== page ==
Oxfam: 85 percent of the world is priced out of the drug industry's market
Adam Doster
Published: Tuesday November 27, 2007

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While pharmaceutical companies are often portrayed as cunning entrepreneurs, they don’t always make perfect business decisions. So says Oxfam, whose new report suggests that drug firms are ignoring a potentially mammoth market by failing to make drugs affordable for people in the developing world.

To date, 85 percent of the world's population is priced out of the industry's market, the report says, and the anti-poverty charity suggests “prices for essential medicines need to be tiered, in line with people's ability to pay.”

"The industry is operating in a short-sighted way,” Oxfam's head of research Sumi Dhanarajan told the BBC, “because it could gain enormous benefits from emerging markets, including lower development costs and cheaper manufacturing. Yet instead it continues to blindly use the same strategies in poor countries."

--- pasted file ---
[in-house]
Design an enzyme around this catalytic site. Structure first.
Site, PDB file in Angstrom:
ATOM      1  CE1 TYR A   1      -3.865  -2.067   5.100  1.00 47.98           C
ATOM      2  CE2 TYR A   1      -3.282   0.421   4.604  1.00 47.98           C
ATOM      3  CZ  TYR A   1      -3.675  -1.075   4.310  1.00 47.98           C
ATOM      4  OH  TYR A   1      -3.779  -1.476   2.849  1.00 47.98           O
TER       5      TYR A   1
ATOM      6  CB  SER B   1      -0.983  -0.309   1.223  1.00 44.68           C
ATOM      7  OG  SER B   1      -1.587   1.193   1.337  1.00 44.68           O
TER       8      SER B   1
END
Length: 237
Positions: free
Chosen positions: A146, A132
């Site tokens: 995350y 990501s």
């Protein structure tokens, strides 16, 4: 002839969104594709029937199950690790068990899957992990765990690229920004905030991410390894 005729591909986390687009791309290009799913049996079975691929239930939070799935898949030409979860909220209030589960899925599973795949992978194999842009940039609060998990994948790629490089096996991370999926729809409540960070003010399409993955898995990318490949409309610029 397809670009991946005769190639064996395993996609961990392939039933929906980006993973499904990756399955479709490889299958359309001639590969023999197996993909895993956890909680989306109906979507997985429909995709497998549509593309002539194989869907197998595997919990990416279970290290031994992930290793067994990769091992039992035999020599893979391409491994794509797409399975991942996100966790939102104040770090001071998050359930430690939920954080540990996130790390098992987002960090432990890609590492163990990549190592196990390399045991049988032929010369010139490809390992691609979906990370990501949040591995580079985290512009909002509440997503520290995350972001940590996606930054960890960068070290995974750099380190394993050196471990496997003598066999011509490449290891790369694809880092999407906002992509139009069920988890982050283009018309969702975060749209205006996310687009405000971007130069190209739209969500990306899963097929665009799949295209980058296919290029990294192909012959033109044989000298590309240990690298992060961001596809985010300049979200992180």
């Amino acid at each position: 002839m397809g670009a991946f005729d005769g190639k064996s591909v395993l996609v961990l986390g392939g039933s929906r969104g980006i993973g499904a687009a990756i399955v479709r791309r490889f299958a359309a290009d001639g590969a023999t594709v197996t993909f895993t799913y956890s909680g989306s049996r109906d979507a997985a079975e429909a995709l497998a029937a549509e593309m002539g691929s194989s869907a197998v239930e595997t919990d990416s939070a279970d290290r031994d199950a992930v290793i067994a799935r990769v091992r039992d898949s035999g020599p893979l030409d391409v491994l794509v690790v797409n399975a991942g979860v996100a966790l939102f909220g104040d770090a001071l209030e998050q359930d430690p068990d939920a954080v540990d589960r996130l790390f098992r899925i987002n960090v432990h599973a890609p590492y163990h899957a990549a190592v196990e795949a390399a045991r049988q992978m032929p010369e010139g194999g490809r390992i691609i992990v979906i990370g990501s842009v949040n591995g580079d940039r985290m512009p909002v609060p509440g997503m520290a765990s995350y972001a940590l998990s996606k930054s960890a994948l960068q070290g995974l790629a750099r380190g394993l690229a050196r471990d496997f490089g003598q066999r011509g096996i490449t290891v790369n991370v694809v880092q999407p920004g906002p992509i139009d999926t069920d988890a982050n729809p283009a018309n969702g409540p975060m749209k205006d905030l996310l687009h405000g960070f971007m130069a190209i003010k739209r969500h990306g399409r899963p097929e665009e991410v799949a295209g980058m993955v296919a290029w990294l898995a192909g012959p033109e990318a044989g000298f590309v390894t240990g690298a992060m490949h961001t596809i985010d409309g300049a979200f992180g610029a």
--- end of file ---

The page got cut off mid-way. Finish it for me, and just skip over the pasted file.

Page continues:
Many of the world's biggest drug firms have done next to no research on illnesses that affect the world’s poor. According to Oxfam, “Between 1999 and 2004, there were only three new drugs targeted at diseases affecting the developing world out of 163 drugs brought to market.”

Sick citizens of developing countries could certainly use the drugs. One million people die of Malaria every year while 2 million people perish annually from TB.

Pharmaceutical companies contend that high prices are necessary to finance research and development, which accounts for billions of dollars a year. "High taxes" and pharmacists and dispensing doctor mark-ups also push medicine prices higher, they suggest.

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